Thermo Fisher Scientific also offers its Transcend™ TLX systems with Aria™ software, which allows multiplexing of two or four channels of HPLC-MS and U-HPLC-MS. A mass spectrometer is a significant investment, yet for much of the time it lies idle—because it only detects the compounds of interest during a fraction of the complete LC run. If a lab has four HPLCs and one MS, higher productivity is possible by having the HPLC systems multiplexed, so that the MS can be dedicated to the HPLC system that is eluting the compounds of interest.
“The concept is easy,” said Dr. Guazzotti. “But the execution is difficult. We have developed a solution within Thermo Fisher Scientific that saves buying additional mass spectrometers by enabling users to increase the throughput of their existing MS.”
A further Thermo Fisher Scientific development on the Transcend TLX system is TurboFlow™ technology, which allows for online sample preparation. Complex biological samples often need to be preprepared—for example, protein might otherwise be precipitated and phospholipids can induce ion suppression which hinders detection in the MS. There are various well-accepted ways of cleaning up the sample prior to HPLC, but they are all labor intensive and may be expensive. It would be better if the sample could just be directly injected and cleaned up automatically before entering the analytical column.
With TurboFlow technology, the sample is introduced into a TurboFlow column and subjected to fast flow conditions that do not allow large molecules, like proteins, time to diffuse. The smaller target molecules with an affinity to the stationary phase, bind to the column. Then the flow is reversed, and the bound molecules elute and go to the analytical column, while unwanted molecules are washed away. “You see an improvement in data quality and a significant decrease in sample preparation time when you use TurboFlow technology compared to standard preparation,” explained Dr. Guazzotti.
HPLC is also being applied in plasma proteomics. There is growing awareness that glycoproteins may exhibit different glycan patterns in cancer and in healthy tissue. As part of the NCI’s new glycobiology initiative—the Alliance of Glycobiologists—William Hancock, Ph.D., of Northeastern University, described the contribution of multiple lectin affinity chromatography (MLAC-MS) to the comparison of the glycan plasma proteome between women with early breast cancer and healthy controls.
Andrew Alpert, Ph.D., president of PolyLC Inc. in Columbia, MD, presented the application of ERLIC (Electrostatic Repulsion HILIC) to the separation of phosphopeptides and sialylated glycopeptides, which would be difficult to separate with HILIC alone. ERLIC is proving particularly useful in investigating post-translational modifications of peptides in proteomic studies, Dr. Alpert said.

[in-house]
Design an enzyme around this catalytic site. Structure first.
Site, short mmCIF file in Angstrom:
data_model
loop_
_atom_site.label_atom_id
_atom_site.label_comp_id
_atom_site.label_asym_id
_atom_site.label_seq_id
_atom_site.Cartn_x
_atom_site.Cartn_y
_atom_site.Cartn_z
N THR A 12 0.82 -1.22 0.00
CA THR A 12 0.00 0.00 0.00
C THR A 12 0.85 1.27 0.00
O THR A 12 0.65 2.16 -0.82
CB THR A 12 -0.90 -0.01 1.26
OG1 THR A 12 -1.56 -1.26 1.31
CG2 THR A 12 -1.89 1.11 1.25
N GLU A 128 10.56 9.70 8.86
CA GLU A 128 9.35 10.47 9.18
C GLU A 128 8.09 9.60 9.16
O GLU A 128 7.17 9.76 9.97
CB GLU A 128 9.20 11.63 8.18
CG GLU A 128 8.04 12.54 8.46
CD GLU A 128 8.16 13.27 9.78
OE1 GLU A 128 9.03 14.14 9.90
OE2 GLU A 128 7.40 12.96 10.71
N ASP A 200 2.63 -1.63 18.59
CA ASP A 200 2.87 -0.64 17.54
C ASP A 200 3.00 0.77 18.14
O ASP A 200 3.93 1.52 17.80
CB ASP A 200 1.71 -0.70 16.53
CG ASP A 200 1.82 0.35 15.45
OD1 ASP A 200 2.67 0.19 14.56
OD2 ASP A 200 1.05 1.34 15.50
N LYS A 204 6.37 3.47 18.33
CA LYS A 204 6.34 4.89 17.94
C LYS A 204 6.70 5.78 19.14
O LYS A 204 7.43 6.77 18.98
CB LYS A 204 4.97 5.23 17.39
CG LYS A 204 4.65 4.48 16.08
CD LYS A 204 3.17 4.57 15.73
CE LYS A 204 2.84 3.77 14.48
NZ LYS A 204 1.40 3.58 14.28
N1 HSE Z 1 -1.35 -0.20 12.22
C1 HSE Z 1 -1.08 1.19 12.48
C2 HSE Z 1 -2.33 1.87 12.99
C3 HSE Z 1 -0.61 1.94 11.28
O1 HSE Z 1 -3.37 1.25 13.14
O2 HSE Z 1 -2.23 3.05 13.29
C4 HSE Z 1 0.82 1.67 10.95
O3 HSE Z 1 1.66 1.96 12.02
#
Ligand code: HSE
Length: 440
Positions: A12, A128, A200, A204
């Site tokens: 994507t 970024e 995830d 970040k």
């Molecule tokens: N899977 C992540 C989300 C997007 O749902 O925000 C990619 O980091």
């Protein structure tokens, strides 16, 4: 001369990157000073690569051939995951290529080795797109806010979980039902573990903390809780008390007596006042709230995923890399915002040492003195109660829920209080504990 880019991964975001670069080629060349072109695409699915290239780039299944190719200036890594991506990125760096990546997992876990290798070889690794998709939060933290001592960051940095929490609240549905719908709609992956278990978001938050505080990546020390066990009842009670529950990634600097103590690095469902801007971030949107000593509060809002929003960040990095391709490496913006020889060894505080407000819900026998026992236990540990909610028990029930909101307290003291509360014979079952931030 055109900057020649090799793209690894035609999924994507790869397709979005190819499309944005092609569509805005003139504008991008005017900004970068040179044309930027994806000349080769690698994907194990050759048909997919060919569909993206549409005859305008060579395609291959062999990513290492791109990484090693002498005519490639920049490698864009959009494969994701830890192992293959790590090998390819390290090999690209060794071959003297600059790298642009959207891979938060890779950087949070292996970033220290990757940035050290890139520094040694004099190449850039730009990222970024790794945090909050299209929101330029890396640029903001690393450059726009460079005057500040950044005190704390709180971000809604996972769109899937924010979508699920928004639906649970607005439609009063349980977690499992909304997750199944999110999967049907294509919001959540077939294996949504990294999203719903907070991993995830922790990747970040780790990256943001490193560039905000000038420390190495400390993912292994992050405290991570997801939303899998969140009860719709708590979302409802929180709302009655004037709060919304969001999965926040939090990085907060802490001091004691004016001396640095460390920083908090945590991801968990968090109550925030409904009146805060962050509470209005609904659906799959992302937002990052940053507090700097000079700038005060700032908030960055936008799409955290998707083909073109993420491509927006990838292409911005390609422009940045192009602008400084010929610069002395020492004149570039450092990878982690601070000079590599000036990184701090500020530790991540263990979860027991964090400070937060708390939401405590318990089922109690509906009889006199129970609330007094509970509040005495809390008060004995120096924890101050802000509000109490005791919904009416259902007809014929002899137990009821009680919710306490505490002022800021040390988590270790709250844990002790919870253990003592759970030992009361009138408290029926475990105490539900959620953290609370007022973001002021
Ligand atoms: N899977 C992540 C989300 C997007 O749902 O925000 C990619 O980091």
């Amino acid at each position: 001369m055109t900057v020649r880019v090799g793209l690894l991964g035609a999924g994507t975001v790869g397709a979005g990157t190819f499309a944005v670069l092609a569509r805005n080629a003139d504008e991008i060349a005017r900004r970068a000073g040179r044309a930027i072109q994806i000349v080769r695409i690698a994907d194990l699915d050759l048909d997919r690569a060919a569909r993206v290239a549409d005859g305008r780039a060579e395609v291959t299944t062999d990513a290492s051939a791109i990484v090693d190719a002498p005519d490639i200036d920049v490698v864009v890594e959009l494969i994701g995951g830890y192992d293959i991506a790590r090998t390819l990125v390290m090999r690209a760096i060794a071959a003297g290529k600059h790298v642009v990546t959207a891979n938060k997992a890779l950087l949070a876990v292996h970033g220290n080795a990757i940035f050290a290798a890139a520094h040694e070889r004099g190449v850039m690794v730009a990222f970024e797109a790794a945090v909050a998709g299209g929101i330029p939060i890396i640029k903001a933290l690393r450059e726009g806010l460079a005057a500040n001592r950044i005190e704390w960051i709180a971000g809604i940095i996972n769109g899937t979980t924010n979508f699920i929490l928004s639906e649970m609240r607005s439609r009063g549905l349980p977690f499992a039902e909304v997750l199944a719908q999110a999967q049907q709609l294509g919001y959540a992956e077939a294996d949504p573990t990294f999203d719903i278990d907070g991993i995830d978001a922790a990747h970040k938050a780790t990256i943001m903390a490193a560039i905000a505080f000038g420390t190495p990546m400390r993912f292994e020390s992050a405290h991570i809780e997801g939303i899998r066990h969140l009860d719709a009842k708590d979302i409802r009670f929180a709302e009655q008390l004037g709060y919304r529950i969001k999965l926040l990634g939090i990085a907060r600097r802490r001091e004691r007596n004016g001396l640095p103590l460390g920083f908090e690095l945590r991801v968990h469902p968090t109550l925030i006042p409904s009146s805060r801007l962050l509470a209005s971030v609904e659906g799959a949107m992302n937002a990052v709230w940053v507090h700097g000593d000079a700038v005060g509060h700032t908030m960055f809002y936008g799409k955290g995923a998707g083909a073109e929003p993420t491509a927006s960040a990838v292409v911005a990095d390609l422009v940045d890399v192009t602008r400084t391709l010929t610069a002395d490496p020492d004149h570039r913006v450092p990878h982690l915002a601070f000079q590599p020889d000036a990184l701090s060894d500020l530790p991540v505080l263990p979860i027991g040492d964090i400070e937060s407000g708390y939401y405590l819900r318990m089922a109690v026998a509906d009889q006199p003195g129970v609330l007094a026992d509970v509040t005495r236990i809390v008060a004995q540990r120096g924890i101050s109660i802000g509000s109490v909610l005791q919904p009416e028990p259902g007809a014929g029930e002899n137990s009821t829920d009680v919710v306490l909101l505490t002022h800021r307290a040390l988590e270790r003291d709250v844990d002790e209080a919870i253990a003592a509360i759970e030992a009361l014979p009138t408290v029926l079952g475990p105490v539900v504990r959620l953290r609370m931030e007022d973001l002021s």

Meanwhile, Albert Sickmann, Ph.D., Institute for Analytical Sciences, Dortmund, Germany, explained that a knowledge of platelet proteomics is important to better understand the role of platelet activation in hemostasis and thrombosis. But studying platelets is challenging—there are more than 100,000 analytes in a platelet sample and many protein isoforms.
Moreover, the time course of platelet activation is hard to follow, and there are issues around reproducibility and sensitive quantitation of analyses. Dr. Sickmann and colleagues, however, have made progress on a comprehensive study of the platelet proteome, with the identification of 2,500 proteins, more than 1,000 phosphorylation sites, and more than 350 glycosylation sites. They are also using quantitative MS to identify changes in post-translational modification during platelet activation.
Finally, Gabriella Massolini, Ph.D., of the University of Pavia, presented work on the phosphoproteome of amniotic fluid using HPLC-MS. “Amniotic fluid is a dynamic and complex sample that reflects the state of the fetus,” she said. Many biomarkers have been reported to be involved in fetal growth; IGFBP-1 (insulin-like growth factor binding protein) is one example. Phosphoproteins are a new type of biomarker; aberrant phosphorylation has been shown to be important in disease.
However, there are various challenges in phosphoproteins analysis, arising from their heterogeneity, low stoichiometry, low abundance in the cell, and limitations in the dynamic range of analytical methods.
The team has examined the phosphorylation state of IGFBP-1 which is only present at 0.2 mg/L. Although this represents 0.01% of the whole proteome, it is still one of the most abundant proteins. They carried out the analysis in miniature, using amniotic fluid from a single patient, with a view to using this approach for prenatal diagnosis. This setup seems to work well for acquiring the complete proteome and phosphoproteome of amniotic fluid. As with other proteomics studies, the challenge now is analysis and interpretation.